As data processing technology has matured, enterprise developers and architects have realized that one of the keys to scaling effectively is minimizing complexity. In the interest of limiting complexity, the trend in enterprise data architecture is moving toward using fewer, more versatile systems, rather than many narrow-purpose systems. In addition to complexity, adding systems requires more administration, hiring developers and administrators with more specialized skillsets, and more development work to glue all of the systems together.
The rise of NoSQL grew out of limitations in legacy RDBMS technology, specifically the lack of scalability and inability to handle semi-structured data. Suppose you’re an AdTech company and you manage your business operations, like keeping track of funds available in active campaigns, in a relational database, but track clickstream data, whether or not a user clicked on an ad, in a NoSQL key-value store or document store.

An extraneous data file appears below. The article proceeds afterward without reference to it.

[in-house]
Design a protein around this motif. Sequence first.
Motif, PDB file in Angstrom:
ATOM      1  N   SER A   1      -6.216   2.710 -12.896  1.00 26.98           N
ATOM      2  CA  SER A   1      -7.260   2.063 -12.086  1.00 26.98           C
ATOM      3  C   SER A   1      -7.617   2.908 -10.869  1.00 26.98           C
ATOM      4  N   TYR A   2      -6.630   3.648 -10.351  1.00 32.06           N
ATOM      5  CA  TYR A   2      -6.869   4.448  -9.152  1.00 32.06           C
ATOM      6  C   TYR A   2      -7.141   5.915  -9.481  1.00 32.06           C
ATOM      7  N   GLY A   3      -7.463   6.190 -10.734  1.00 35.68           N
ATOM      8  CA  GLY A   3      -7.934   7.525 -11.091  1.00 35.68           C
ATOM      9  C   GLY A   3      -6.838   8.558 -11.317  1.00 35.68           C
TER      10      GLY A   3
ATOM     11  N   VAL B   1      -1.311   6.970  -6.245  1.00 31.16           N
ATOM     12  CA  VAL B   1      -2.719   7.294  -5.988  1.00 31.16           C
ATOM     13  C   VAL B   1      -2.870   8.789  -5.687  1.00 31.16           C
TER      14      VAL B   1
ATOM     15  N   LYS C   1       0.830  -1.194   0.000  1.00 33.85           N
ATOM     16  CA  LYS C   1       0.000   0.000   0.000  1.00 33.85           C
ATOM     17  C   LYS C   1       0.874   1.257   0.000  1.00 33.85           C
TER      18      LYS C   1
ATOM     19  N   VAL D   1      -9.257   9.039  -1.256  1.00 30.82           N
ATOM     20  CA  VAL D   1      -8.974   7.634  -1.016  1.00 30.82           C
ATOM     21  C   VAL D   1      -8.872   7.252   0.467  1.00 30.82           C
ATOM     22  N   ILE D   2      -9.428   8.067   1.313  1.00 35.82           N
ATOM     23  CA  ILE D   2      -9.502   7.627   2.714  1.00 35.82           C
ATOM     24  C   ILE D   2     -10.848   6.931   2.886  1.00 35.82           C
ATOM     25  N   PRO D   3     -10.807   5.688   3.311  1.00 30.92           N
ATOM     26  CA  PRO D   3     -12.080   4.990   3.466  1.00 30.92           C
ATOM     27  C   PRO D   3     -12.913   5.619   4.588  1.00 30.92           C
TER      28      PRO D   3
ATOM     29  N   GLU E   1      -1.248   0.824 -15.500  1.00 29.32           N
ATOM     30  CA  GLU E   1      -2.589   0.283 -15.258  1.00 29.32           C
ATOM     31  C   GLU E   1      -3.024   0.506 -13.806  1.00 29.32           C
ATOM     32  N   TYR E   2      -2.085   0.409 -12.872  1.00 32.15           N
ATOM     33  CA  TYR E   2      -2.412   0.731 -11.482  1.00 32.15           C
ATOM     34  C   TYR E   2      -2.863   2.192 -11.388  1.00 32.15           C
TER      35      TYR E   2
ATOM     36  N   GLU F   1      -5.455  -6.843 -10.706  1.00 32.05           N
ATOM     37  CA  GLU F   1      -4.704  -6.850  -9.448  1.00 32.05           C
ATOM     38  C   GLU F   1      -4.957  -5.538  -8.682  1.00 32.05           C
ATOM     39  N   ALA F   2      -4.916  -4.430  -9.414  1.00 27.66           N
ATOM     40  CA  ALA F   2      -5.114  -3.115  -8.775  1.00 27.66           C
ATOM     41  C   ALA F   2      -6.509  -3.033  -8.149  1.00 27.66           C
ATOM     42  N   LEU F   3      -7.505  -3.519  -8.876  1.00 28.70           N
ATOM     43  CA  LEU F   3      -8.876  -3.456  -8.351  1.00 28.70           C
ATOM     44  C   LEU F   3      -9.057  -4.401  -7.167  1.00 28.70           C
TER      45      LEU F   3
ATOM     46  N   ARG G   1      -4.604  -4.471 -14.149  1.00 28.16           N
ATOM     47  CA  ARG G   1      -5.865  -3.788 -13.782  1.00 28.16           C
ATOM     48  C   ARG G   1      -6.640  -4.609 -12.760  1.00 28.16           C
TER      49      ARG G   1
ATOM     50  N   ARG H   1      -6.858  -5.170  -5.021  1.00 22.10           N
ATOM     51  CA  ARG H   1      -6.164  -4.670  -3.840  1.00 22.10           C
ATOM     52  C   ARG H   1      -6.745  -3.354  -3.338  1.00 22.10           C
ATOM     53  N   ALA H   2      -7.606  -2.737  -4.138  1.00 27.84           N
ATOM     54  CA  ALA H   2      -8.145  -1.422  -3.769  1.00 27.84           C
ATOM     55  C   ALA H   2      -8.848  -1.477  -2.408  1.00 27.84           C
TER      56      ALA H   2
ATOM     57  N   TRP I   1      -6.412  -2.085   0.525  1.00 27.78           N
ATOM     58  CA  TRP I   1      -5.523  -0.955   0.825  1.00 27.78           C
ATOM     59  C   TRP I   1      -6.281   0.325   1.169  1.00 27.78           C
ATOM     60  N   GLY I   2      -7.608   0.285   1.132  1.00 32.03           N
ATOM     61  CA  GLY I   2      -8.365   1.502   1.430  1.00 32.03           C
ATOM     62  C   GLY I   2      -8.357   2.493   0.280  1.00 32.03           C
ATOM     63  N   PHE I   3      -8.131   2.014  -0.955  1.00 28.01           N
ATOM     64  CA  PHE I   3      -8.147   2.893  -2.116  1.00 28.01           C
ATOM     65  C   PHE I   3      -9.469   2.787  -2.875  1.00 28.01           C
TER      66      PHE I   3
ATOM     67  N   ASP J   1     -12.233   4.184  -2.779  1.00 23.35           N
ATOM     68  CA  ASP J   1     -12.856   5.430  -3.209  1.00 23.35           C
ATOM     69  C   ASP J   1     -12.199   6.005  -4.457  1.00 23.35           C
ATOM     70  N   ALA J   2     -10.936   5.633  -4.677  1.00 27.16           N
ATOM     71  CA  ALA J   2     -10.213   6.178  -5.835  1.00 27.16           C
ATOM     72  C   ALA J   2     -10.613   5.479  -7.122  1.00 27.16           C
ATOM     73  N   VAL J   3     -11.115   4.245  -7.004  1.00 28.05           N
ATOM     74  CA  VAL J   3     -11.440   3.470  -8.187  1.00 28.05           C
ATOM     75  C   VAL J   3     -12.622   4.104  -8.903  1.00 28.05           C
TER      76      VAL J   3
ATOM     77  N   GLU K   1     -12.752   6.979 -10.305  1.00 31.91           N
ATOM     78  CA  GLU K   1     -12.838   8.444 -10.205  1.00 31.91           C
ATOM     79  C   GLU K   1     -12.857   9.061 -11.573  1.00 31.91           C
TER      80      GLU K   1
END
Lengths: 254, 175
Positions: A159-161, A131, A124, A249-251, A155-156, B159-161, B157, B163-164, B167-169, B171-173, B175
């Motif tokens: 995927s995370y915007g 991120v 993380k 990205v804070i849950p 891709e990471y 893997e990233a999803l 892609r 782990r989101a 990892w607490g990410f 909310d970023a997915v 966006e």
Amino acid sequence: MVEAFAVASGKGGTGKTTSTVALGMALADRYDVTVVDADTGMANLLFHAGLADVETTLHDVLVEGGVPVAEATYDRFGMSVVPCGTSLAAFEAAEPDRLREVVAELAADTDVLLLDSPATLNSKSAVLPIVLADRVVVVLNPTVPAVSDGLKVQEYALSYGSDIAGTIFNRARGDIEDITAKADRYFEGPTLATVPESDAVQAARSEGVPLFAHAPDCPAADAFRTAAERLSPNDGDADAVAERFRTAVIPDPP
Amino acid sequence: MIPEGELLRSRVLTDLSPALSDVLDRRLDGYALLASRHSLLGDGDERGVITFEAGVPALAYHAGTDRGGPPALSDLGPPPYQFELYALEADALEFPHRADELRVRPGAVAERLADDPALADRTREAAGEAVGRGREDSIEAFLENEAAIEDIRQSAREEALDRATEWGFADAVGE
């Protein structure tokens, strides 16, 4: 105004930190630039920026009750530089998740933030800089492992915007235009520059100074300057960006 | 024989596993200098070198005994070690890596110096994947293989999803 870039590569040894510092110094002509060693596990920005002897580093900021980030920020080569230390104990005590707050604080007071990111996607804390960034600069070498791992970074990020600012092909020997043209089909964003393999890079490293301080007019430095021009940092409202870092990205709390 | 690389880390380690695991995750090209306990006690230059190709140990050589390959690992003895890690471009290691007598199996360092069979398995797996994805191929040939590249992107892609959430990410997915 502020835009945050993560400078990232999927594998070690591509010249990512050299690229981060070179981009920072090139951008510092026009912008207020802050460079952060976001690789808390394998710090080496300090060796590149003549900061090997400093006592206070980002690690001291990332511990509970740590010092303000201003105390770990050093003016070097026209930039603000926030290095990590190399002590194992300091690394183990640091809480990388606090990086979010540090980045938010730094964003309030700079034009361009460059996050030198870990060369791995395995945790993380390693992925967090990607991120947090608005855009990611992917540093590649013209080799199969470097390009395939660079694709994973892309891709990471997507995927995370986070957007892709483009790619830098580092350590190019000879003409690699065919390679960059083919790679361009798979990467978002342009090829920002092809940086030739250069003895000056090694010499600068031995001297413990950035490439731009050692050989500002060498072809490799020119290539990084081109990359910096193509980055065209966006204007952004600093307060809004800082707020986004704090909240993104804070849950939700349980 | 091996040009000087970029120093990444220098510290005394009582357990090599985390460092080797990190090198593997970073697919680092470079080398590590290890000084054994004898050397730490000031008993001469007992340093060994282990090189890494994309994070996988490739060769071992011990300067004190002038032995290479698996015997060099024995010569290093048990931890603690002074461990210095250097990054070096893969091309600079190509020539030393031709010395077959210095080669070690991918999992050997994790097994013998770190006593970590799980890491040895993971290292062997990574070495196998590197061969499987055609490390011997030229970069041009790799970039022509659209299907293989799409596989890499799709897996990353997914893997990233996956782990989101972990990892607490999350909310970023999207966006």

Now suppose you want to analyze the effectiveness of a given campaign. In order to correlate dollars spent with conversions, you need to synthesize data coming from two different sources. This requires an additional aggregation layer, probably in your application. In addition to adding latency due to data transfer, this architecture requires writing a custom aggregation layer and, potentially, additional custom code for synchronizing data between the separate stores.